County vote on gambling is a correct first step
Legalized gambling has been talked about for a long time in Jefferson County, but for the first time there’s a new wrinkle to the debate. County commissioners will let residents vote in November for or against a proposal to allow certain kinds of gaming here if it becomes legal in the state.
That’s commendable, and it’s not the move some residents might expect from the three Republican members of the commissioners court — Judge Jeff Branick and commissioners Eddie Arnold and Brent Weaver. The Texas GOP has been historically averse to gambling in most forms, and Branick even said he’s “not a big fan.” The other two commissioners, Michael Sinegal and Everette “Bo” Alfred, both Democrats, were not at the meeting.
But letting people vote on a controversial issue is a concept that both parties should support more often. This will be a nonbinding referendum, simply a test of how much interest — or lack of it — legalized gambling has in the county. If it doesn’t garner enough support — or gets more opposition — the door would be pretty much slammed shut here.
This is the second legislative session in which state Rep. Joe Deshotel, D-Beaumont, has tried to get his colleagues in the House and Senate to expand the forms of legalized gambling in Texas. He didn’t succeed in 2017, and the odds against him are steep in this session as well.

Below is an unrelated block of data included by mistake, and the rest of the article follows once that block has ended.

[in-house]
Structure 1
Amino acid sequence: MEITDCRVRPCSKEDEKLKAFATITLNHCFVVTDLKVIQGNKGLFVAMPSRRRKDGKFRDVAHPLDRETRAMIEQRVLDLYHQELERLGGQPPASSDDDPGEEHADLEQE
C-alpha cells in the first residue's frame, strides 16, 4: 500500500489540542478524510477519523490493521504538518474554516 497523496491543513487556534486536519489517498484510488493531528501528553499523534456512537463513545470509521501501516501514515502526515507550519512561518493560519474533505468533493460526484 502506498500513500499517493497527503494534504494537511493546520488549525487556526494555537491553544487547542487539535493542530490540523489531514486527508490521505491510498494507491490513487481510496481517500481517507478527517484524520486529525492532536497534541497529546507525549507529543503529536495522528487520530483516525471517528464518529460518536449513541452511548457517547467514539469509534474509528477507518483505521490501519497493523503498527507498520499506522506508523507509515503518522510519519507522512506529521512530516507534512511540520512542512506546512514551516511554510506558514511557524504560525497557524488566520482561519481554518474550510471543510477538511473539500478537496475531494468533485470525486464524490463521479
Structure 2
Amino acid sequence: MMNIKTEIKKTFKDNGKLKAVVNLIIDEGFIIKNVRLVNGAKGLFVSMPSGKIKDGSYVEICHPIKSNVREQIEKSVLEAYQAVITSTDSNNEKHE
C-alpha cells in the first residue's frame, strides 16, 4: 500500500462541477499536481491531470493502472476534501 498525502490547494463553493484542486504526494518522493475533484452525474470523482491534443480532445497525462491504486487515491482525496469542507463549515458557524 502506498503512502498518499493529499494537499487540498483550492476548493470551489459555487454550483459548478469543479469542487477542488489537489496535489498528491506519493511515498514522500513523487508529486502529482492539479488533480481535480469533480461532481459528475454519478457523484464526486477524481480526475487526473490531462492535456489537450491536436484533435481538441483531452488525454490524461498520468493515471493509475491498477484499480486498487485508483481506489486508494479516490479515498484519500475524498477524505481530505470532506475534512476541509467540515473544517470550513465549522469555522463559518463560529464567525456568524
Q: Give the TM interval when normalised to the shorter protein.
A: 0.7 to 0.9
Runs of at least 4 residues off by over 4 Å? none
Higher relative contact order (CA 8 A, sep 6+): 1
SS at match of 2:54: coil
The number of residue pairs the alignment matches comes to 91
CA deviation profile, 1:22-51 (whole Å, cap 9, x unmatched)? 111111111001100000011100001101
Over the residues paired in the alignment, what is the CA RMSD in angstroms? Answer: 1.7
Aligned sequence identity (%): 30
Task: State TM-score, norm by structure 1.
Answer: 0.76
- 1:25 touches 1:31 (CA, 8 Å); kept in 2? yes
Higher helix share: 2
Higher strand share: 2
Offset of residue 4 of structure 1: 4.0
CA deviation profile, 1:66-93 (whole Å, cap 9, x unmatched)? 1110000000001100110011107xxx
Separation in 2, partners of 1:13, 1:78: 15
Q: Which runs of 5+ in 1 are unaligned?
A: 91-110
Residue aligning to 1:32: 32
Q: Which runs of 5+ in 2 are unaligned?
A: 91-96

But Deshotel is linking the issue to a glaring concern for all coastal counties — the need for more affordable windstorm insurance as protection against hurricanes. That problem has been getting worse every year, and the Legislature has done little to address it.
Deshotel’s bill would devote a portion of the tax proceeds from legalized gambling to reduce premiums offered by the Texas Windstorm Insurance Association. That’s the insurer of last resort for coastal residents who can’t get private coverage, which is most of them.
Few other people in Austin are suggesting ways to reduce those premiums, and if anything will provide traction for Deshotel’s bill, this is it. His bill in 2017 would have just directed tax revenues to the state’s general fund, and the change this year is a smart attempt to break the deadlock.
Gambling isn’t a panacea for Jefferson County or any part of Texas. But it’s already legal in some forms (the state lottery and betting on horse races) and it’s valid to ask whether it should be expanded. Plenty of Texans go to Louisiana to gamble there. Perhaps more of them — and their money — could be given a reason to stay in Texas.